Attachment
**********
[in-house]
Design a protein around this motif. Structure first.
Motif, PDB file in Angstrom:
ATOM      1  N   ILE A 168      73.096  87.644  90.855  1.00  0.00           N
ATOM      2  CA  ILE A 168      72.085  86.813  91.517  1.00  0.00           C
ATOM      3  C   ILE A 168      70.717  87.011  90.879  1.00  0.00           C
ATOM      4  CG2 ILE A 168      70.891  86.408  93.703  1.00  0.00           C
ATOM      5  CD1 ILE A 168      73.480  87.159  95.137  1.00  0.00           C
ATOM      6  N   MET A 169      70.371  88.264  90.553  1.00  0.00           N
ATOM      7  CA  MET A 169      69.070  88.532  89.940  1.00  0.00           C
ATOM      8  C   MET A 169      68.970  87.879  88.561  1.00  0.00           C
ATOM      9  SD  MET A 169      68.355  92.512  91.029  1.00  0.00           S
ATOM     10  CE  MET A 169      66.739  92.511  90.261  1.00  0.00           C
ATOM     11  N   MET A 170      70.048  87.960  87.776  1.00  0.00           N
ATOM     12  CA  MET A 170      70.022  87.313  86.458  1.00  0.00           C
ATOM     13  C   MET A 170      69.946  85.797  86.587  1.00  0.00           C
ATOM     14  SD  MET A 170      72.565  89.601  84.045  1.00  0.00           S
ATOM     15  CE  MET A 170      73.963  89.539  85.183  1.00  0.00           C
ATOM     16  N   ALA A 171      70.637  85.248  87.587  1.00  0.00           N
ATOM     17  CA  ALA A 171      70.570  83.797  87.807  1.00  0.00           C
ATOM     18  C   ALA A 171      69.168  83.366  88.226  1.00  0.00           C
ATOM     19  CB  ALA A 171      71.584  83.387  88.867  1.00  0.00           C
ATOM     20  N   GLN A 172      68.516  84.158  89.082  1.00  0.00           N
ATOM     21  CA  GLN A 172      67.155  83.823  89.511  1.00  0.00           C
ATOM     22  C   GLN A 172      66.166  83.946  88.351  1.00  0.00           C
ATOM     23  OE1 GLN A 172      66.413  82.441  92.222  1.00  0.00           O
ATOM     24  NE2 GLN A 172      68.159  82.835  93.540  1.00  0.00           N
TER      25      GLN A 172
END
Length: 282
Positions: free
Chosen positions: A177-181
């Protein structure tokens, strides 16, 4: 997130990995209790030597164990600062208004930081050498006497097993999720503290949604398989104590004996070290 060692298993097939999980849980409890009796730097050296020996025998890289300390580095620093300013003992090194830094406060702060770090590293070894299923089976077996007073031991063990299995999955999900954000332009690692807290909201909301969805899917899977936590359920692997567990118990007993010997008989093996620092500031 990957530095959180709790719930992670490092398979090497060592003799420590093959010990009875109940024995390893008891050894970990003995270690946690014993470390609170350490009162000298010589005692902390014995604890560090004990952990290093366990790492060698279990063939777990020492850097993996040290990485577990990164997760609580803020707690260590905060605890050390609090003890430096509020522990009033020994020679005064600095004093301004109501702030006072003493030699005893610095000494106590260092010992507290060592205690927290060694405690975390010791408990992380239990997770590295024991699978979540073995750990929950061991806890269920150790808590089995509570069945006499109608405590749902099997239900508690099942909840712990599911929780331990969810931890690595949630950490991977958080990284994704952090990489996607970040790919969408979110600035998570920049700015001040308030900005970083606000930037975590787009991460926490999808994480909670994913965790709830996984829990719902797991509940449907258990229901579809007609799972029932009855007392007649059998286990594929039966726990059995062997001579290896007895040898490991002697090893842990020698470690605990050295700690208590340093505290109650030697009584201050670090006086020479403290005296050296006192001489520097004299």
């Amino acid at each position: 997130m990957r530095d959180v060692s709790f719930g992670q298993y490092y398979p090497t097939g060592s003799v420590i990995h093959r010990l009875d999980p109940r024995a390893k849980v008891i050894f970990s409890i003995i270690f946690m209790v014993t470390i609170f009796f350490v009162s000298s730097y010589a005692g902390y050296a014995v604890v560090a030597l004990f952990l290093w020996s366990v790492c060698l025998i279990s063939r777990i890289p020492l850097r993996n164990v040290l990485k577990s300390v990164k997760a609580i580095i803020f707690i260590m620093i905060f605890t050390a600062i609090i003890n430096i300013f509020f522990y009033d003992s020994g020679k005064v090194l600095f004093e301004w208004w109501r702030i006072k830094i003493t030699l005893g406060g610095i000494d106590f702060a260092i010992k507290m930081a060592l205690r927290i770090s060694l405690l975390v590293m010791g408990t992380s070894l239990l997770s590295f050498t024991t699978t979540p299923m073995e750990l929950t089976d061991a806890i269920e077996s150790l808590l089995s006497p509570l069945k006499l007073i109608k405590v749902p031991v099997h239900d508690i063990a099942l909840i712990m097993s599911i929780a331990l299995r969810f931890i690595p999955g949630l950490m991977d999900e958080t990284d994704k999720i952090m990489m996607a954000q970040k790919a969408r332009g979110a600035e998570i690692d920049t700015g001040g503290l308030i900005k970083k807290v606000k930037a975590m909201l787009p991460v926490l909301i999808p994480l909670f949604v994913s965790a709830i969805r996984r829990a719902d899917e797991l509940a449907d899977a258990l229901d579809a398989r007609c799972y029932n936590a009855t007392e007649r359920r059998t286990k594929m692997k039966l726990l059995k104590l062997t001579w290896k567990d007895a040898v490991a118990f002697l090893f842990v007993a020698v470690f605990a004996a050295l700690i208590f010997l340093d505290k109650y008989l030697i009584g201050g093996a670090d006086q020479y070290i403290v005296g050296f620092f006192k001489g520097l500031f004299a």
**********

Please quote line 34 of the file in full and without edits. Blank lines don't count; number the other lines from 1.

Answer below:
């Amino acid at each position: 997130m990957r530095d959180v060692s709790f719930g992670q298993y490092y398979p090497t097939g060592s003799v420590i990995h093959r010990l009875d999980p109940r024995a390893k849980v008891i050894f970990s409890i003995i270690f946690m209790v014993t470390i609170f009796f350490v009162s000298s730097y010589a005692g902390y050296a014995v604890v560090a030597l004990f952990l290093w020996s366990v790492c060698l025998i279990s063939r777990i890289p020492l850097r993996n164990v040290l990485k577990s300390v990164k997760a609580i580095i803020f707690i260590m620093i905060f605890t050390a600062i609090i003890n430096i300013f509020f522990y009033d003992s020994g020679k005064v090194l600095f004093e301004w208004w109501r702030i006072k830094i003493t030699l005893g406060g610095i000494d106590f702060a260092i010992k507290m930081a060592l205690r927290i770090s060694l405690l975390v590293m010791g408990t992380s070894l239990l997770s590295f050498t024991t699978t979540p299923m073995e750990l929950t089976d061991a806890i269920e077996s150790l808590l089995s006497p509570l069945k006499l007073i109608k405590v749902p031991v099997h239900d508690i063990a099942l909840i712990m097993s599911i929780a331990l299995r969810f931890i690595p999955g949630l950490m991977d999900e958080t990284d994704k999720i952090m990489m996607a954000q970040k790919a969408r332009g979110a600035e998570i690692d920049t700015g001040g503290l308030i900005k970083k807290v606000k930037a975590m909201l787009p991460v926490l909301i999808p994480l909670f949604v994913s965790a709830i969805r996984r829990a719902d899917e797991l509940a449907d899977a258990l229901d579809a398989r007609c799972y029932n936590a009855t007392e007649r359920r059998t286990k594929m692997k039966l726990l059995k104590l062997t001579w290896k567990d007895a040898v490991a118990f002697l090893f842990v007993a020698v470690f605990a004996a050295l700690i208590f010997l340093d505290k109650y008989l030697i009584g201050g093996a670090d006086q020479y070290i403290v005296g050296f620092f006192k001489g520097l500031f004299a």